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Crist signs Fla. health insurance bill

Associated Press Writer

TALLAHASSEE, Fla. — Legislation changing a health insurance billing procedure, which drew support from doctors and opposition from consumer advocates and others, became law on Wednesday with Gov. Charlie Crist’s signature. 

Crist also signed new laws prohibiting local governments from spending public dollars to sway voters on ballot issues and closing a loophole that has let some corporations avoid taxes on real estate transactions. Another measure may make it more difficult for museums to display preserved human bodies.

The health insurance law (SB 1122) will require insurers to send payments directly to out-of-network doctors instead of to patients.

Crist, the son of a doctor, wrote in a signing statement that some patients get insurance checks and then fail to pay their medical bills.

"For this reason, many providers are reluctant to care for out-of-network individuals, thus reducing access to health care," Crist wrote. "As a result, individuals may not get the opportunity to see the provider of their choice."

He added that the new law also would reduce fraud.

A coalition including the Consumer Federation of the Southeast, Associated Industries of Florida and the American Federation of State, County and Municipal Employees, had urged Crist to veto the bill.

They argued it could increase out-of-pocket costs for patients and would remove a key incentive for doctors to offer discounts for in-network services, leading to higher premiums for everyone.

"If you have health insurance, this bill will cost you money," said Walter Dartland, executive director of the Consumer Federation of the Southeast.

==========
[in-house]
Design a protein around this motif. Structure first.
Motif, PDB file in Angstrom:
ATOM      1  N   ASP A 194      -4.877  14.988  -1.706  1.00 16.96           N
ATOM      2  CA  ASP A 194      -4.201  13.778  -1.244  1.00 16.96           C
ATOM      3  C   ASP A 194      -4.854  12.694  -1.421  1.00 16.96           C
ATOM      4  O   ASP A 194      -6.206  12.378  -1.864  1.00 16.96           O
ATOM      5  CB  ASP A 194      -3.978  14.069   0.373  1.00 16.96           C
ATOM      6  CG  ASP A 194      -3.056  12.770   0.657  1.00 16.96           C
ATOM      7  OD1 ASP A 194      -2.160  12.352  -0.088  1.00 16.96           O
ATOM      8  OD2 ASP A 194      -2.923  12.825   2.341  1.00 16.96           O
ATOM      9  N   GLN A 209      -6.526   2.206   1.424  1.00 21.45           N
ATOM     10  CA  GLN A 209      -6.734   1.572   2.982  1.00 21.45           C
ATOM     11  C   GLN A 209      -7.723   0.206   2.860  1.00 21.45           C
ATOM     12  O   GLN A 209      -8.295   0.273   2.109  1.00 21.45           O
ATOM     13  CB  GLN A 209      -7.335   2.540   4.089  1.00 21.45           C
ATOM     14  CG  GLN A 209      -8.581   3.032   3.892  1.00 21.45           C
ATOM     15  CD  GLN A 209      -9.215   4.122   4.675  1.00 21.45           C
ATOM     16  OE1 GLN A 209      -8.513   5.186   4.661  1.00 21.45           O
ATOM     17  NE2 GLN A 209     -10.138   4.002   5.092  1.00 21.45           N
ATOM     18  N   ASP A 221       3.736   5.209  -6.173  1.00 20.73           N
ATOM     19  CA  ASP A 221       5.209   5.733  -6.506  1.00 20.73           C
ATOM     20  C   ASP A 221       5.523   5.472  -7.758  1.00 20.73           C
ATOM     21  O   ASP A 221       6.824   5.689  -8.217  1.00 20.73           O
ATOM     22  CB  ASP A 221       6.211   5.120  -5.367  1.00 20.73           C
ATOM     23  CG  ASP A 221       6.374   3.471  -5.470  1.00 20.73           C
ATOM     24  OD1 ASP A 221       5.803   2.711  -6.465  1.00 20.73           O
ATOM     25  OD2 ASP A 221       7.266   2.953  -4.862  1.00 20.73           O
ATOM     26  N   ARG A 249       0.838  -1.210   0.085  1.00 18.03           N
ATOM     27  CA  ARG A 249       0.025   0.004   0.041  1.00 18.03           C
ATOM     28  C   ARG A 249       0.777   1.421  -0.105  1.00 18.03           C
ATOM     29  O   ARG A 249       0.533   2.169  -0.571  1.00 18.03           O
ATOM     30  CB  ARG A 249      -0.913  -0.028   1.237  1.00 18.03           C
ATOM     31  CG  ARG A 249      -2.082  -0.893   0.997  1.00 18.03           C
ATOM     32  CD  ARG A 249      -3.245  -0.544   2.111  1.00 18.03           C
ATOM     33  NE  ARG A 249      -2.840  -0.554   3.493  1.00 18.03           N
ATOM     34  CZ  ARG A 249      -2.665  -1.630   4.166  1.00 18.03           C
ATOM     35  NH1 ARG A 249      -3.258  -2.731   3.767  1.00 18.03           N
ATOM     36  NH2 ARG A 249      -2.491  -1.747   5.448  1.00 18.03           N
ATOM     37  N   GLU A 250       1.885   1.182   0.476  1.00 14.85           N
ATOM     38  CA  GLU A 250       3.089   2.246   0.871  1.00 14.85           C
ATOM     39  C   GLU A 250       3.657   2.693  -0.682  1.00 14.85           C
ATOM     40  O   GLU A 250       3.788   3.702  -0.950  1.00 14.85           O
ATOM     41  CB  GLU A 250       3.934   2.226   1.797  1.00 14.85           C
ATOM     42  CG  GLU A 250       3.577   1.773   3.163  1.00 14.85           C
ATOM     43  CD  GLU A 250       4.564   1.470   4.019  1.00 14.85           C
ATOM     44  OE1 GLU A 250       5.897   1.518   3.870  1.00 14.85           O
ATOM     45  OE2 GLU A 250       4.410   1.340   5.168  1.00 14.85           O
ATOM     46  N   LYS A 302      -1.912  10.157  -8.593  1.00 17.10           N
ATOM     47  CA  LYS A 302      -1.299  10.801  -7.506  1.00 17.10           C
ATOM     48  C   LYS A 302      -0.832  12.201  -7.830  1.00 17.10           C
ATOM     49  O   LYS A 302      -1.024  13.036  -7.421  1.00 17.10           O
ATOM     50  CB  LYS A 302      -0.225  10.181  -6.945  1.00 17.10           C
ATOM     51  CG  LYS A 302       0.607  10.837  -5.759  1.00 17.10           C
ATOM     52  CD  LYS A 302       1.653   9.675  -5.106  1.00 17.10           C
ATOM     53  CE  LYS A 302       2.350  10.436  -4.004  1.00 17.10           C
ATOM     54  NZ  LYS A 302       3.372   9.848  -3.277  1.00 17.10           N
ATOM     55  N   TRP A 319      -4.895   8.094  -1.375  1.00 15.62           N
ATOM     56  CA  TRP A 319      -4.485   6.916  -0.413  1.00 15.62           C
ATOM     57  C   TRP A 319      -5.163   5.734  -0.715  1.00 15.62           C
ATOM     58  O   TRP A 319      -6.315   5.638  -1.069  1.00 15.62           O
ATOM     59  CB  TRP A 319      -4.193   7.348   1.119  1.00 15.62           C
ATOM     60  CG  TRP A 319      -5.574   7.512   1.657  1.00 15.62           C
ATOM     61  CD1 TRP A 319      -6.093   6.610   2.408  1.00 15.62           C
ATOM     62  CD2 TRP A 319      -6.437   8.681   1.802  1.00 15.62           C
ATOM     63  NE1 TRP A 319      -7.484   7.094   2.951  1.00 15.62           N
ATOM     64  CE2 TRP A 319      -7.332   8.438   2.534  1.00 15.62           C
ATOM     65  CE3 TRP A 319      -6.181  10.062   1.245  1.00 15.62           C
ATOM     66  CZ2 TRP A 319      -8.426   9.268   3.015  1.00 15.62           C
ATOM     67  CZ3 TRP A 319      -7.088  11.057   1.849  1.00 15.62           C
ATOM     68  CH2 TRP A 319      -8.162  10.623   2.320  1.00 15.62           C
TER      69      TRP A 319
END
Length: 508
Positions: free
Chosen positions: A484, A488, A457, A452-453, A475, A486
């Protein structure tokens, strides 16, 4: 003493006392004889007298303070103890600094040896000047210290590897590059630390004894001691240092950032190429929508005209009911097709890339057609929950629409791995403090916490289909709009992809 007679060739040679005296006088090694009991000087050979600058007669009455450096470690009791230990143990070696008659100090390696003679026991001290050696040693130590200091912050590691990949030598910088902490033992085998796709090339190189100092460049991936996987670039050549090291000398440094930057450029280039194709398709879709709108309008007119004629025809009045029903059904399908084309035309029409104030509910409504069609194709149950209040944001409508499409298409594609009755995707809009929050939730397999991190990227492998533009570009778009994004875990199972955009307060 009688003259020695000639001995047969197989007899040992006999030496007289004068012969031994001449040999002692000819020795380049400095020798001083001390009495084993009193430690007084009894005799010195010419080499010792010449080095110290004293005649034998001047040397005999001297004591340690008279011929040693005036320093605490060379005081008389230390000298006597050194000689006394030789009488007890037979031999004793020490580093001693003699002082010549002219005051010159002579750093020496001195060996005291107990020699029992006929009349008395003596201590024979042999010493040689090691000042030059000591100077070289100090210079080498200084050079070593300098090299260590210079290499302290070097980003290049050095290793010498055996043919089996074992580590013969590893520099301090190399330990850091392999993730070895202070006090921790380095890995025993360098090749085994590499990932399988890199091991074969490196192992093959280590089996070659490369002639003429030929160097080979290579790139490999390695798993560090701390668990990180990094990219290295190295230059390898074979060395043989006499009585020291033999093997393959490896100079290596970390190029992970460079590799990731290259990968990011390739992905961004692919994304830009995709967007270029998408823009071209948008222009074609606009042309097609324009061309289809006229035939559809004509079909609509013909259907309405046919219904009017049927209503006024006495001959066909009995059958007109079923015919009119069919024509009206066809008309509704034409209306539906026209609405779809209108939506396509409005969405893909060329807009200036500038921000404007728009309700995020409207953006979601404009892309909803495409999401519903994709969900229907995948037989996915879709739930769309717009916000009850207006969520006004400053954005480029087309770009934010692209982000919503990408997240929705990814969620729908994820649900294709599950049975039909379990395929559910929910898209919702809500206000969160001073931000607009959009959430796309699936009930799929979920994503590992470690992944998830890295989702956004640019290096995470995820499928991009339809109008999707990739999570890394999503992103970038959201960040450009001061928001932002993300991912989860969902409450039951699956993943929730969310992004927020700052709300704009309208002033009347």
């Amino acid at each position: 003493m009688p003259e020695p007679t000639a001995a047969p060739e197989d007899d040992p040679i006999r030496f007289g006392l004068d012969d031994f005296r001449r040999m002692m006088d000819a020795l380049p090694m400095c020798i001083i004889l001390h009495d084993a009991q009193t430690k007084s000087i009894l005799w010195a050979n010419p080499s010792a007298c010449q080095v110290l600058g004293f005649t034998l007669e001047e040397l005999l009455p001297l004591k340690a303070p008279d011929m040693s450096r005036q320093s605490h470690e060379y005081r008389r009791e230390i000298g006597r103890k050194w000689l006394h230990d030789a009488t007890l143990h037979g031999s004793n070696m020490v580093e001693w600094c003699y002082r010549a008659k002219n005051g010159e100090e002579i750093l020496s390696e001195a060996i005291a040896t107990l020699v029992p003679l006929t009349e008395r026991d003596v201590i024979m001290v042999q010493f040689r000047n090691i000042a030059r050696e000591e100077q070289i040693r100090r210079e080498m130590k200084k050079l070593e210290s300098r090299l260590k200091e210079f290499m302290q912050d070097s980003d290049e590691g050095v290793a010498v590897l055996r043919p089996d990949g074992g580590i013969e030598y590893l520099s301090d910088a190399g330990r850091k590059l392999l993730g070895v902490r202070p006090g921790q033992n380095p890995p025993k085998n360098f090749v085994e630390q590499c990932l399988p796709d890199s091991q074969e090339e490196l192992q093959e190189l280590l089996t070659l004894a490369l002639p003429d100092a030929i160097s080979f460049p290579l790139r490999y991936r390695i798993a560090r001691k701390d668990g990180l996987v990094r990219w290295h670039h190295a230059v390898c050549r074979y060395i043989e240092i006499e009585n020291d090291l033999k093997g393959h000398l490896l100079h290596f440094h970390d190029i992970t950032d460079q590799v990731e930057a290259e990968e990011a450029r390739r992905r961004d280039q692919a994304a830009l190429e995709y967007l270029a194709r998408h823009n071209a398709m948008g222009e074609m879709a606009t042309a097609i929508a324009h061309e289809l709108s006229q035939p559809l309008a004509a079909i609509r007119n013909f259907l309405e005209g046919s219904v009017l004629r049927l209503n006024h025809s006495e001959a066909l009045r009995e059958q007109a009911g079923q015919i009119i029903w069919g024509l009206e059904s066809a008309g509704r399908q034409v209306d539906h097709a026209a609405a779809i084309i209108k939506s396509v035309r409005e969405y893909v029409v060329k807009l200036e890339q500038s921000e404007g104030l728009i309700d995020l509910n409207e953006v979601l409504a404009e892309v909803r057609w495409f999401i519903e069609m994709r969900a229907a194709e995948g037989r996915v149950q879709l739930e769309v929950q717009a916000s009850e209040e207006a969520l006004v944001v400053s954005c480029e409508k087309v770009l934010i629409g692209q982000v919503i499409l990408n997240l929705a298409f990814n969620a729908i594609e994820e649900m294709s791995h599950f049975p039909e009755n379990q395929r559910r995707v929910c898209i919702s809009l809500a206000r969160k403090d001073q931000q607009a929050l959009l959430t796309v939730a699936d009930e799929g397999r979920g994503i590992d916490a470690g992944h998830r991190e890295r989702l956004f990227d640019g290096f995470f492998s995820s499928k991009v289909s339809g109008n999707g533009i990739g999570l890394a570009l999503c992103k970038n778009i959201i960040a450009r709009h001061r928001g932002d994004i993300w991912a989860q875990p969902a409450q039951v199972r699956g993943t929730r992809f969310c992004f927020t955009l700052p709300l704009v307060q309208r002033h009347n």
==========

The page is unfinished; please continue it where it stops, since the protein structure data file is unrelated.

The Florida Medical Association, though, praised the measure.

"While routing the payment through the patient may seem like a minor inconvenience, unfortunately, this practice is driving up the cost of health care, imposing hidden fees and limiting access," said Timothy J. Stapleton, the association’s executive vice president.

The new law banning local governments from spending taxpayer dollars on political advertising (SB 216) was sponsored by Sen. Charlie Justice, D-St. Petersburg.

"Today marks a new era of government accountability, as this will ensure that government will not be telling taxpayers how to vote," Justice said.

The Florida League of Cities had asked Crist to veto the bill, arguing local officials may unwittingly violate the ban by expressing an opinion on government time.

John Hedrick, a spokesman for Florida Hometown Democracy, said the law should help his group pass a ballot initiative next year that would give voters a say in how their communities are developed. Many local governments have opposed the proposal, which would require voter approval of changes to local comprehensive plans.

The law (SB 2430) closing a documentary stamp tax loophole is expected to bring in about $46 million during the budget year starting July 1. It reverses a 2005 Florida Supreme Court ruling that said the tax need not be paid if if a corporation is created to take title of a piece of real estate and then the corporation is sold.

The preserved bodies law (SB 414) would require a museum to show the bodies came from willing donors or else get approval from the state’s anatomical board. Museums currently have been ignoring the board, which says they need to get its approval.

Crist also vetoed two bills.

One (SB 718) would have allowed Duval County to impose a local option sales tax, with the proceeds going to indigent care and trauma centers, without voter approval. Crist wrote he believes voters should decide such matters.

The other (HB 739) would let community colleges charge transportation access fees that could be used to provide students with free or discounted bus service. Crist wrote that he couldn’t support charging students up to $200 per year for a service they may not use.